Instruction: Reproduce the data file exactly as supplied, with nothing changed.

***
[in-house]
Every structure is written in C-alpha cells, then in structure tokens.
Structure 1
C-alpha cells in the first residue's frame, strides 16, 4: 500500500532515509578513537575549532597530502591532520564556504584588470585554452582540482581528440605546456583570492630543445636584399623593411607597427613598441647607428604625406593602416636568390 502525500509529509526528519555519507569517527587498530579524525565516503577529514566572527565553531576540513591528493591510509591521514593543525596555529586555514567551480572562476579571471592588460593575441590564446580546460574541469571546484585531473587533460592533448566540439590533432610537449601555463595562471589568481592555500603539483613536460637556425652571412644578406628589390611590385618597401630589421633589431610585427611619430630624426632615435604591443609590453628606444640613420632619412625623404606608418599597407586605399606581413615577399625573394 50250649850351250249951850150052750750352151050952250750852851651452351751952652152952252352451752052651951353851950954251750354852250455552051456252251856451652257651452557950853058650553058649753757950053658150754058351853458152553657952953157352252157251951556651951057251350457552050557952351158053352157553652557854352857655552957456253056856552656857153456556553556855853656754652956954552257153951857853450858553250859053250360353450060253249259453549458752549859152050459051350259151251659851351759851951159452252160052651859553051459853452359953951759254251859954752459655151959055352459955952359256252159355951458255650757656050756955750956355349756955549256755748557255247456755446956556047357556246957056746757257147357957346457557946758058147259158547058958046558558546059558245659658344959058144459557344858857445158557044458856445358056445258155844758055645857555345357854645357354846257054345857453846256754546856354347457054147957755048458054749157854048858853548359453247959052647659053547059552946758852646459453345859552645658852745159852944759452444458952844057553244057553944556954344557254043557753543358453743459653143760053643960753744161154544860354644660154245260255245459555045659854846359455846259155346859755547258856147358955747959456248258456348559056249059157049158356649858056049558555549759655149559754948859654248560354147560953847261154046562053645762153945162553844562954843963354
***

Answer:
[in-house]
Every structure is written in C-alpha cells, then in structure tokens.
Structure 1
C-alpha cells in the first residue's frame, strides 16, 4: 500500500532515509578513537575549532597530502591532520564556504584588470585554452582540482581528440605546456583570492630543445636584399623593411607597427613598441647607428604625406593602416636568390 502525500509529509526528519555519507569517527587498530579524525565516503577529514566572527565553531576540513591528493591510509591521514593543525596555529586555514567551480572562476579571471592588460593575441590564446580546460574541469571546484585531473587533460592533448566540439590533432610537449601555463595562471589568481592555500603539483613536460637556425652571412644578406628589390611590385618597401630589421633589431610585427611619430630624426632615435604591443609590453628606444640613420632619412625623404606608418599597407586605399606581413615577399625573394 50250649850351250249951850150052750750352151050952250750852851651452351751952652152952252352451752052651951353851950954251750354852250455552051456252251856451652257651452557950853058650553058649753757950053658150754058351853458152553657952953157352252157251951556651951057251350457552050557952351158053352157553652557854352857655552957456253056856552656857153456556553556855853656754652956954552257153951857853450858553250859053250360353450060253249259453549458752549859152050459051350259151251659851351759851951159452252160052651859553051459853452359953951759254251859954752459655151959055352459955952359256252159355951458255650757656050756955750956355349756955549256755748557255247456755446956556047357556246957056746757257147357957346457557946758058147259158547058958046558558546059558245659658344959058144459557344858857445158557044458856445358056445258155844758055645857555345357854645357354846257054345857453846256754546856354347457054147957755048458054749157854048858853548359453247959052647659053547059552946758852646459453345859552645658852745159852944759452444458952844057553244057553944556954344557254043557753543358453743459653143760053643960753744161154544860354644660154245260255245459555045659854846359455846259155346859755547258856147358955747959456248258456348559056249059157049158356649858056049558555549759655149559754948859654248560354147560953847261154046562053645762153945162553844562954843963354